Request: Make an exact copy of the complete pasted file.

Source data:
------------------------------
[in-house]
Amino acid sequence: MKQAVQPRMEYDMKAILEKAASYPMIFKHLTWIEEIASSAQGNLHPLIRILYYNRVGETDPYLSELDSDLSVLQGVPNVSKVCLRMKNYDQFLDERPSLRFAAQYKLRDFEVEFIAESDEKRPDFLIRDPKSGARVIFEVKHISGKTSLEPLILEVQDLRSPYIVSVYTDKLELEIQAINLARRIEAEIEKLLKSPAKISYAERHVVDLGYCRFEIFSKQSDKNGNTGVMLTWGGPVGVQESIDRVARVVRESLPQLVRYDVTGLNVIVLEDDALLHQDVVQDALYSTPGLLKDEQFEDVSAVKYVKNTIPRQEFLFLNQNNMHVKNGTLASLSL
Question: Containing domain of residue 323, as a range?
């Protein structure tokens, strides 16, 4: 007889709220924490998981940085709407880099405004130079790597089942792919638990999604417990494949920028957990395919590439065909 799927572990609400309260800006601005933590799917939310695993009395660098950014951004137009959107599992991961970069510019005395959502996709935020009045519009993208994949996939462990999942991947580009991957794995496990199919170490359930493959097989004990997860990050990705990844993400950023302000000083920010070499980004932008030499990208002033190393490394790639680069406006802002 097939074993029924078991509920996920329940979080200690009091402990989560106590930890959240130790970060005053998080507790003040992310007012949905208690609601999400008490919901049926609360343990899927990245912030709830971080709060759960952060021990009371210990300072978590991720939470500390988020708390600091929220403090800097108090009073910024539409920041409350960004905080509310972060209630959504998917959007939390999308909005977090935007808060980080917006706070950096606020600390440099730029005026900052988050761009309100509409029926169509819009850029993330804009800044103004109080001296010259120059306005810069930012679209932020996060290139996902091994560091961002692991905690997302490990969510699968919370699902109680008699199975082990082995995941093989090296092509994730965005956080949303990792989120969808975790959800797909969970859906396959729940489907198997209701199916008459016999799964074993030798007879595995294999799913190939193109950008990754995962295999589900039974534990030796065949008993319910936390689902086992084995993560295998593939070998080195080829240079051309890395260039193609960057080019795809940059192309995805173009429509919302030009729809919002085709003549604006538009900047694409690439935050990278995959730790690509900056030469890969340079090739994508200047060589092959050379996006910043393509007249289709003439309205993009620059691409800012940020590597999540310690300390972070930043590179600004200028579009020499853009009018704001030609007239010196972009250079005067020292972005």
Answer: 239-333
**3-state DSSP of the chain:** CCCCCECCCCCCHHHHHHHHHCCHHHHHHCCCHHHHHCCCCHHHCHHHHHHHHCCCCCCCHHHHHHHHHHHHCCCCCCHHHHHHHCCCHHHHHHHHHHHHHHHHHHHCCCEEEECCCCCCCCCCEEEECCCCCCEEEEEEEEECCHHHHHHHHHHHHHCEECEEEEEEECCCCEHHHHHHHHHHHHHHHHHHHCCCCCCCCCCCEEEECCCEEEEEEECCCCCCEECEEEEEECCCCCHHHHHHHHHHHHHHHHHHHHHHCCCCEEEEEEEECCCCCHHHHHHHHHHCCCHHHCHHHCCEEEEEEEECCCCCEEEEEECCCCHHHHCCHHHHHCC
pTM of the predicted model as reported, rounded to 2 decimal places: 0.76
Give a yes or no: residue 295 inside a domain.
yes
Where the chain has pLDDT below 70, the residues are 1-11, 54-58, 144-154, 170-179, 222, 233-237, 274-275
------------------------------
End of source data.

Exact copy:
[in-house]
Amino acid sequence: MKQAVQPRMEYDMKAILEKAASYPMIFKHLTWIEEIASSAQGNLHPLIRILYYNRVGETDPYLSELDSDLSVLQGVPNVSKVCLRMKNYDQFLDERPSLRFAAQYKLRDFEVEFIAESDEKRPDFLIRDPKSGARVIFEVKHISGKTSLEPLILEVQDLRSPYIVSVYTDKLELEIQAINLARRIEAEIEKLLKSPAKISYAERHVVDLGYCRFEIFSKQSDKNGNTGVMLTWGGPVGVQESIDRVARVVRESLPQLVRYDVTGLNVIVLEDDALLHQDVVQDALYSTPGLLKDEQFEDVSAVKYVKNTIPRQEFLFLNQNNMHVKNGTLASLSL
Question: Containing domain of residue 323, as a range?
């Protein structure tokens, strides 16, 4: 007889709220924490998981940085709407880099405004130079790597089942792919638990999604417990494949920028957990395919590439065909 799927572990609400309260800006601005933590799917939310695993009395660098950014951004137009959107599992991961970069510019005395959502996709935020009045519009993208994949996939462990999942991947580009991957794995496990199919170490359930493959097989004990997860990050990705990844993400950023302000000083920010070499980004932008030499990208002033190393490394790639680069406006802002 097939074993029924078991509920996920329940979080200690009091402990989560106590930890959240130790970060005053998080507790003040992310007012949905208690609601999400008490919901049926609360343990899927990245912030709830971080709060759960952060021990009371210990300072978590991720939470500390988020708390600091929220403090800097108090009073910024539409920041409350960004905080509310972060209630959504998917959007939390999308909005977090935007808060980080917006706070950096606020600390440099730029005026900052988050761009309100509409029926169509819009850029993330804009800044103004109080001296010259120059306005810069930012679209932020996060290139996902091994560091961002692991905690997302490990969510699968919370699902109680008699199975082990082995995941093989090296092509994730965005956080949303990792989120969808975790959800797909969970859906396959729940489907198997209701199916008459016999799964074993030798007879595995294999799913190939193109950008990754995962295999589900039974534990030796065949008993319910936390689902086992084995993560295998593939070998080195080829240079051309890395260039193609960057080019795809940059192309995805173009429509919302030009729809919002085709003549604006538009900047694409690439935050990278995959730790690509900056030469890969340079090739994508200047060589092959050379996006910043393509007249289709003439309205993009620059691409800012940020590597999540310690300390972070930043590179600004200028579009020499853009009018704001030609007239010196972009250079005067020292972005």
Answer: 239-333
**3-state DSSP of the chain:** CCCCCECCCCCCHHHHHHHHHCCHHHHHHCCCHHHHHCCCCHHHCHHHHHHHHCCCCCCCHHHHHHHHHHHHCCCCCCHHHHHHHCCCHHHHHHHHHHHHHHHHHHHCCCEEEECCCCCCCCCCEEEECCCCCCEEEEEEEEECCHHHHHHHHHHHHHCEECEEEEEEECCCCEHHHHHHHHHHHHHHHHHHHCCCCCCCCCCCEEEECCCEEEEEEECCCCCCEECEEEEEECCCCCHHHHHHHHHHHHHHHHHHHHHHCCCCEEEEEEEECCCCCHHHHHHHHHHCCCHHHCHHHCCEEEEEEEECCCCCEEEEEECCCCHHHHCCHHHHHCC
pTM of the predicted model as reported, rounded to 2 decimal places: 0.76
Give a yes or no: residue 295 inside a domain.
yes
Where the chain has pLDDT below 70, the residues are 1-11, 54-58, 144-154, 170-179, 222, 233-237, 274-275